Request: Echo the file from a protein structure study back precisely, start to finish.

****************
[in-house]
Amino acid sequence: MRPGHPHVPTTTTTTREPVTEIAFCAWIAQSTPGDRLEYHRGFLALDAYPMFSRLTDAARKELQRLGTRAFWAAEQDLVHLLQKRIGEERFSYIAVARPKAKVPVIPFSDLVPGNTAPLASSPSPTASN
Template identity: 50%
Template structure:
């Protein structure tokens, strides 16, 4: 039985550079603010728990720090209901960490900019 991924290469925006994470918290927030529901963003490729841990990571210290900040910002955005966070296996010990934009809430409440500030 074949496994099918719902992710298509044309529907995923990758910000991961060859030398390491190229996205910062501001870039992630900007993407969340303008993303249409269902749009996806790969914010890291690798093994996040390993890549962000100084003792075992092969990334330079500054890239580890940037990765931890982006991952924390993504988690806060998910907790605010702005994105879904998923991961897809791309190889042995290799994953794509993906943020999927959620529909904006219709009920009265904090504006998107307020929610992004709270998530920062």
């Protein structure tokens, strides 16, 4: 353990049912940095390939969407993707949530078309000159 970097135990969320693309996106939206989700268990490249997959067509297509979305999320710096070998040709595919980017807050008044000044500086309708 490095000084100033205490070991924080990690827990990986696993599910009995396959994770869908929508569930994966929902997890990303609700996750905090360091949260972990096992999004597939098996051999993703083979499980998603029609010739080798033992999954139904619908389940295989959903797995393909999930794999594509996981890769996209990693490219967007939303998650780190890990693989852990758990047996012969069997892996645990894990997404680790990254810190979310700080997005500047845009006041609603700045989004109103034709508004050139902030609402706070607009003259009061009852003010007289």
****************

[in-house]
Amino acid sequence: MRPGHPHVPTTTTTTREPVTEIAFCAWIAQSTPGDRLEYHRGFLALDAYPMFSRLTDAARKELQRLGTRAFWAAEQDLVHLLQKRIGEERFSYIAVARPKAKVPVIPFSDLVPGNTAPLASSPSPTASN
Template identity: 50%
Template structure:
């Protein structure tokens, strides 16, 4: 039985550079603010728990720090209901960490900019 991924290469925006994470918290927030529901963003490729841990990571210290900040910002955005966070296996010990934009809430409440500030 074949496994099918719902992710298509044309529907995923990758910000991961060859030398390491190229996205910062501001870039992630900007993407969340303008993303249409269902749009996806790969914010890291690798093994996040390993890549962000100084003792075992092969990334330079500054890239580890940037990765931890982006991952924390993504988690806060998910907790605010702005994105879904998923991961897809791309190889042995290799994953794509993906943020999927959620529909904006219709009920009265904090504006998107307020929610992004709270998530920062």
């Protein structure tokens, strides 16, 4: 353990049912940095390939969407993707949530078309000159 970097135990969320693309996106939206989700268990490249997959067509297509979305999320710096070998040709595919980017807050008044000044500086309708 490095000084100033205490070991924080990690827990990986696993599910009995396959994770869908929508569930994966929902997890990303609700996750905090360091949260972990096992999004597939098996051999993703083979499980998603029609010739080798033992999954139904619908389940295989959903797995393909999930794999594509996981890769996209990693490219967007939303998650780190890990693989852990758990047996012969069997892996645990894990997404680790990254810190979310700080997005500047845009006041609603700045989004109103034709508004050139902030609402706070607009003259009061009852003010007289």